Friday, 21 June 2024

‘Upgraded’ finds humor in a charade; crime stories on Peacock TV



‘UPGRADED’ Rated R

An original movie on Amazon Prime, “Upgraded” is billed as a romantic comedy, and yet, thematically it also has much in common with “The Devil Wears Prada” as parallels exist where young assistants labor for diabolical bosses.

Beyond Meryl Streep’s despotic fashion editor Miranda Priestly’s treatment of Anne Hathaway’s beleaguered assistant, Melanie Griffith’s struggling secretary taking advantage of her boss in 1988’s “Working Girl” would appear to offer thematic inspiration as well.

“Upgraded” benefits enormously from the very likable central character of Ana Santos (Camila Mendes), an auction house assistant with a master’s degree in art history who dreams of opening up an art gallery.

Meanwhile, Ana is up to her neck in credit card debt and is bunking at her sister Vivian’s (Aimee Carrero) cramped studio apartment that is shared with Vivian’s fiancé Ronnie (Andrew Schulz), a stereotypical Brooklynite who wishes Ana would go back to Florida.

Anxious to climb the corporate ladder at the upscale Erwin auction house, Ana must contend with autocratic boss Claire (Marisa Tomei) who treats underlings with unbelievably callous disdain.

Even worse for Ana is the condescension from Claire’s malicious personal assistants, Suzette (Rachel Matthews) and Renee (Fola Evans-Akingbola), both of whom have the haughty attitude of runway models.

Stepping up to save her boss from embarrassment at an auction, Ana is invited to join Claire and the assistants on a spontaneous business trip to London. With no thanks to her employer, Ana scores a first-class upgrade.

While hanging out in the airline’s private lounge, Ana encounters a handsome Brit traveler, Will (Archie Renaux), and in meet-cute fashion they flirt during the flight after ending up as seatmates.

During the course of the flight, Ana gives the impression that she holds an executive position at the auction house, which obviously leads to complications. It’s bad enough she’s relegated to staying at a seedy hotel.

Ana’s fortunes rise when she meets Will’s actress mother Catherine (Lena Olin), who is planning to have her collection of exquisite art put up for auction and wants Ana to handle the details.

“Upgraded” finds its humor in the challenges for Ana as the lowly assistant gamely tries to keep up a very tenuous charade. A few twists and turns add to the charm of this film.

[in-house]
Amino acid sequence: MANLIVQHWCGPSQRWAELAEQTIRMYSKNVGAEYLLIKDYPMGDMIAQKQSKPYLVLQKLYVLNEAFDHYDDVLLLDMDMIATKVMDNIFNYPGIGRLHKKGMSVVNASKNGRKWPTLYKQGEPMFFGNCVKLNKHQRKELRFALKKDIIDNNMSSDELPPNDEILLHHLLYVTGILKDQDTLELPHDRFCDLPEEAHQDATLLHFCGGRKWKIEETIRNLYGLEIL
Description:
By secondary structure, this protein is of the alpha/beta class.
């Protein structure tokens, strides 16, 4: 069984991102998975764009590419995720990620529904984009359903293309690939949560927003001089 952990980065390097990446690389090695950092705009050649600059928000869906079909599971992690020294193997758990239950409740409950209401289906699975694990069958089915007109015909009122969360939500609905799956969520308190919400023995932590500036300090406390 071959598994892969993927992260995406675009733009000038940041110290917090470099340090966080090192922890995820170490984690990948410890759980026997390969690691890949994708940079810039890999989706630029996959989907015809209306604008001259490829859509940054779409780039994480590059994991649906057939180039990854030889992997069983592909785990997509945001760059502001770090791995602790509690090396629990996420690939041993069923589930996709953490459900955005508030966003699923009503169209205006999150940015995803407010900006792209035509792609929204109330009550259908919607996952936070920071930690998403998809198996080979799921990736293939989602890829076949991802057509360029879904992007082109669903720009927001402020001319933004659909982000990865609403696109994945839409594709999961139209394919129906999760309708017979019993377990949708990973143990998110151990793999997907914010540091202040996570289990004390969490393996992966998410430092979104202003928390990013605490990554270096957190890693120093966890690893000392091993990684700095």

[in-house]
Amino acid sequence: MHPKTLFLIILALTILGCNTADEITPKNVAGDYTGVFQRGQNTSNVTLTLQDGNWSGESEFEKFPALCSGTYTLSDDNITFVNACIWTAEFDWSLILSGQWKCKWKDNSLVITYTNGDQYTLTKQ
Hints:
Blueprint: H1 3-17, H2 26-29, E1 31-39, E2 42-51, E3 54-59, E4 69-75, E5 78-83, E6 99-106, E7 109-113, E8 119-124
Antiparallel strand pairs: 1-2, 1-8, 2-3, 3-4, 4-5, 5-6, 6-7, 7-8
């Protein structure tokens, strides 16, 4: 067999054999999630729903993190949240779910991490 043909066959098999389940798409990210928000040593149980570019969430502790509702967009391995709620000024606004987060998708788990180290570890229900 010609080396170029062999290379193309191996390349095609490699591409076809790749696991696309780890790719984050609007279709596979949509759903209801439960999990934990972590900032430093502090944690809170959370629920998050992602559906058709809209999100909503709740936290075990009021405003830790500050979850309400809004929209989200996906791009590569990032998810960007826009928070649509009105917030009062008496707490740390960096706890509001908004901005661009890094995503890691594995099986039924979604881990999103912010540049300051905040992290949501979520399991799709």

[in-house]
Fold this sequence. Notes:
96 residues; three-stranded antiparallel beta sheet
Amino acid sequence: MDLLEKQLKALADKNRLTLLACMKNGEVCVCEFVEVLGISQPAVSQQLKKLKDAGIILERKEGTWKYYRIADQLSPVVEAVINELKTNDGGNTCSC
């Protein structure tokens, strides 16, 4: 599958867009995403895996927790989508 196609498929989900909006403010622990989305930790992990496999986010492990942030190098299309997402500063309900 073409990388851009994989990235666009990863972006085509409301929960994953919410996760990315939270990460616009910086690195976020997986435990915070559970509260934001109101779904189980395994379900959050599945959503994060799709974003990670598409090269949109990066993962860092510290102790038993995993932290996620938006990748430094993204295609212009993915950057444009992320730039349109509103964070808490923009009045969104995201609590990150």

TRUE CRIME STORIES ON PEACOCK

During the pandemic lockdown, Australian author Liane Moriarty listened to true-crime podcasts which inspired her latest best-selling novel “Apples Never Fall,” leading to an adaptation for a limited series to premiere in March on Peacock.

The native of Sydney, Australia found her New York Times best sellers “Big Little Lies” and “Nine Perfect Strangers” adapted into successful series for HBO and Hulu, respectively.

“Apples Never Fall” centers on the seemingly picture-perfect Delaney family. Former tennis coaches Stan (Sam Neill) and Joy (Annette Bening) have sold their successful tennis academy and are ready to start what should be the golden years of their lives.

While they look forward to spending time with their four adult children (Jake Lacy, Alison Brie, Conor Merrigan-Turner and Essie Randles), everything changes when a wounded young woman knocks on Joy and Stan’s door, bringing the excitement they have been missing.

According to the novel, the four grown children, who all endured paternal discipline of being coached to professional tennis glory, have settled into lives far removed from sports, where they found either their own successes or failures.

Tension aside from an apparent dysfunctional household, when Joy suddenly disappears, the children are forced to re-examine their parents’ so-called perfect marriage as their family’s darkest secrets begin to surface.

Naturally, in such cases of disappearance, suspicion falls upon the spouse. An interesting statistic out of Australia, is that on average, one woman a week is murdered by her current or former partner. How things turn out in “Apples Never Fall” will be left to be revealed in the series.

True crime manifests itself in the Peacock documentary “Pathological: The Lies of Joran van der Sloot,” a story told through rare interviews with victims’ family members, eyewitnesses and experts on the criminal mind.

The documentary reveals new insights into how Joran van der Sloot’s lifelong pattern of violence and pathological lying leads to the deaths of two young women that attracted pervasive media attention.

Few killers have ever murdered again after they became famous for another killing, but on the fifth anniversary of Natalee Holloway’s disappearance, Joran murders 21-year-old Stephany Flores in Peru.

Hauntingly, Joran’s trip to Peru is financed by money he extorted from Natalee Holloway’s mother, Beth, after falsely promising to reveal where to locate Natalee’s body for a price.

In 2023, 18 years after Natalee’s vanishing, Beth Holloway finally gets her day in court with Joran, who admits for the first time that he murdered her daughter.

The Dutch native’s admission brings some long-sought comfort to Natalee’s family, but Joran’s history of deceit and manipulation leads some to question the details in his latest story. The documentary looks to unpack some of the details.

Tim Riley writes film and television reviews for Lake County News.

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